Acyl-coenzyme A organizes laterally in membranes and is recognized specifically by acyl-coenzyme A binding protein

FEBS Lett. 2003 Sep 25;552(2-3):253-8. doi: 10.1016/s0014-5793(03)00970-0.

Abstract

Long chain acyl-coenzyme A (acyl-CoA) is a biochemically important amphiphilic molecule that is known to partition strongly into membranes by insertion of the acyl chain. At present, microscopically resolved evidence is lacking on how acyl-CoA influences and organizes laterally in membranes. By atomic force microscopy (AFM) imaging of membranes exposed to acyl-CoA in microM concentrations, it is shown that aggregate formation takes place within the membrane upon long-time exposure. It is known that acyl-CoA is bound by acyl-CoA binding protein (ACBP) with high affinity and specificity and that ACBP may bind and desorb membrane-bound acyl-CoA via a partly unknown mechanism. Following incubation with acyl-CoA, it is shown that ACBP is able to reverse the formation of acyl-CoA aggregates and to associate peripherally with acyl-CoA on the membrane surface. Our microscopic results point to the role of ACBP as an intermembrane transporter of acyl-CoA and demonstrate the ability of AFM to reveal the remodelling of membranes by surfactants and proteins.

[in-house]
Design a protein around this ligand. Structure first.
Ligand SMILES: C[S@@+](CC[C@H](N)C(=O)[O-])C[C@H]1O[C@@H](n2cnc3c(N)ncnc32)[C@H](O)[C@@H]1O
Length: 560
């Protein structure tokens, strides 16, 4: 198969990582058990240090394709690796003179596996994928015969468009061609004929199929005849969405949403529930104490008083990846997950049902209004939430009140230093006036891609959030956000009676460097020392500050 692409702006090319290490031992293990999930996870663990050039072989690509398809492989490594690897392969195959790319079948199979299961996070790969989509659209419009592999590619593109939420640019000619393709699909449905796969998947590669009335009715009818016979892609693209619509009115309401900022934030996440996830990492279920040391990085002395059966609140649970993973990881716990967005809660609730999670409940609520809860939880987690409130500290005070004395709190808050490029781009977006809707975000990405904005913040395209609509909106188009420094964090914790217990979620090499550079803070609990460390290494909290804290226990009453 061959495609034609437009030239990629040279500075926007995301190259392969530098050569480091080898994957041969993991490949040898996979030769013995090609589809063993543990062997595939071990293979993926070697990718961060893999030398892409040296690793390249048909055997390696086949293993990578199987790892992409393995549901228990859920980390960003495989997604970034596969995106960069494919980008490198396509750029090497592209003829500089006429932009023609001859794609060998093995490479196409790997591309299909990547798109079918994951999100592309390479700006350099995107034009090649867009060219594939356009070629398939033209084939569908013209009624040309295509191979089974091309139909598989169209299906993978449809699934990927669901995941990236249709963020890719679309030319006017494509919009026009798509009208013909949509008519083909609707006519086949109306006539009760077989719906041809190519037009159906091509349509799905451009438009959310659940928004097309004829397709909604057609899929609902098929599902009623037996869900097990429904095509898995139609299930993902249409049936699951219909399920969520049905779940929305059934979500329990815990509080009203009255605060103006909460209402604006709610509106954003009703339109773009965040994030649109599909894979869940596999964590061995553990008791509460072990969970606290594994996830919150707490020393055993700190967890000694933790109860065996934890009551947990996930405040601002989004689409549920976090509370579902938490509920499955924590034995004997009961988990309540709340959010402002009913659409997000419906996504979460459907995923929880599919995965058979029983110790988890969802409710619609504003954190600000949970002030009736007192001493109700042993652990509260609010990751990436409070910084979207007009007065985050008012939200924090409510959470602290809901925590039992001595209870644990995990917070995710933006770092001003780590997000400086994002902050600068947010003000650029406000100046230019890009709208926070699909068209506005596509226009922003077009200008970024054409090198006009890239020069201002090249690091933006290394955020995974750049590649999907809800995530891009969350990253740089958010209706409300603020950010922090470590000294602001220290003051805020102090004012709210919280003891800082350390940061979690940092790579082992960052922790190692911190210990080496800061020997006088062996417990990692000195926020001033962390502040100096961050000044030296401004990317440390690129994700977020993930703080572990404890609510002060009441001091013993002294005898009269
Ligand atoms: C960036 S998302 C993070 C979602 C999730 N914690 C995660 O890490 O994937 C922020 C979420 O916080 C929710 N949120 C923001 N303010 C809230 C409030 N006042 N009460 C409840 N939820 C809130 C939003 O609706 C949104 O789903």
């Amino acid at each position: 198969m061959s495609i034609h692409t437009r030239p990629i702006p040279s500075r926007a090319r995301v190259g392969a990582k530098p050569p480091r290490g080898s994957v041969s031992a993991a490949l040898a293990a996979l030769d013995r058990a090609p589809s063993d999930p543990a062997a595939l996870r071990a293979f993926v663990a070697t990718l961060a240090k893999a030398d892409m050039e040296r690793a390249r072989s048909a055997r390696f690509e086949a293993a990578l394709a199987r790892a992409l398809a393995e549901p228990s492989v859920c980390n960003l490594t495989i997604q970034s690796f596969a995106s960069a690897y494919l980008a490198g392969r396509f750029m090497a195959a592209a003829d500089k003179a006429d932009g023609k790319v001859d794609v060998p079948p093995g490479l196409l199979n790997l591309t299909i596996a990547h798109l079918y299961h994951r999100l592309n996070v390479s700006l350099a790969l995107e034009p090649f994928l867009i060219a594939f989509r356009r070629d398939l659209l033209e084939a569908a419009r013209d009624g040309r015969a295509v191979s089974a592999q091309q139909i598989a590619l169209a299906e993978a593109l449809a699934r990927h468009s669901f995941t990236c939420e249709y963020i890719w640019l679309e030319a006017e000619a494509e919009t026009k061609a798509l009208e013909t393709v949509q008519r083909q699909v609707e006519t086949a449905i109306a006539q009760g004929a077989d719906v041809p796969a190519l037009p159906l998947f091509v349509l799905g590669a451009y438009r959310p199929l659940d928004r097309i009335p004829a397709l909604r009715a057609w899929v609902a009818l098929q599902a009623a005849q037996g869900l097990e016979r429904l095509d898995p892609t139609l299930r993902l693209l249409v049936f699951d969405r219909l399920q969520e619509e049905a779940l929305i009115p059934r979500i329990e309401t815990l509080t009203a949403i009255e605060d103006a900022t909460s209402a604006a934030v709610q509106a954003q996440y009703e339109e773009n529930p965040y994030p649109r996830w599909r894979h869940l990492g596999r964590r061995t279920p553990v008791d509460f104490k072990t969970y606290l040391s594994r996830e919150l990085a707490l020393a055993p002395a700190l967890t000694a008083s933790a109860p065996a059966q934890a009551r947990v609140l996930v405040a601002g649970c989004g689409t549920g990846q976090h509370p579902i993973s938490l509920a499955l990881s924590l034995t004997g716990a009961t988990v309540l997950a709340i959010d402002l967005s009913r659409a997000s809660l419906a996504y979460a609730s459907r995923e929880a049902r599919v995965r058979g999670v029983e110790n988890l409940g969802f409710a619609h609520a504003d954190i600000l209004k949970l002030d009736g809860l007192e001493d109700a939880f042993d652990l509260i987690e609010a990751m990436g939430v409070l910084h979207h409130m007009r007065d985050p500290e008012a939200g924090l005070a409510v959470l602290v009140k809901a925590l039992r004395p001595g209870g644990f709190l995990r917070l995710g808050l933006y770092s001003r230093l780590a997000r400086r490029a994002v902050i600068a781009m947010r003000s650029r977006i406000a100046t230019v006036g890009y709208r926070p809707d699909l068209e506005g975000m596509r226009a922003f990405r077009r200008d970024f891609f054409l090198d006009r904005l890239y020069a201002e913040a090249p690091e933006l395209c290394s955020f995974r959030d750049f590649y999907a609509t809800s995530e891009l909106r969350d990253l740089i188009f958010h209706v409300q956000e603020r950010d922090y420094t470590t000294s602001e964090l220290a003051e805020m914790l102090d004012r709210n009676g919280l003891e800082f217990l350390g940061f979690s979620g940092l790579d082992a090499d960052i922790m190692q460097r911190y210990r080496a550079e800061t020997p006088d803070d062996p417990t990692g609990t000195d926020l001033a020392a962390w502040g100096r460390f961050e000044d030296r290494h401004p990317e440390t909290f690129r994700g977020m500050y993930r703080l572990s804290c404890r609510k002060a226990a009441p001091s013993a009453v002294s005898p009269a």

Publication types

  • Research Support, Non-U.S. Gov't

MeSH terms

  • Acyl Coenzyme A / metabolism*
  • Animals
  • Cattle
  • Diazepam Binding Inhibitor / chemistry
  • Diazepam Binding Inhibitor / metabolism*
  • In Vitro Techniques
  • Lipid Bilayers / metabolism
  • Membranes / metabolism
  • Microscopy, Atomic Force
  • Models, Molecular
  • Phosphatidylcholines / metabolism
  • Recombinant Proteins / chemistry
  • Recombinant Proteins / metabolism

Substances

  • Acyl Coenzyme A
  • Diazepam Binding Inhibitor
  • Lipid Bilayers
  • Phosphatidylcholines
  • Recombinant Proteins
  • 1,2-oleoylphosphatidylcholine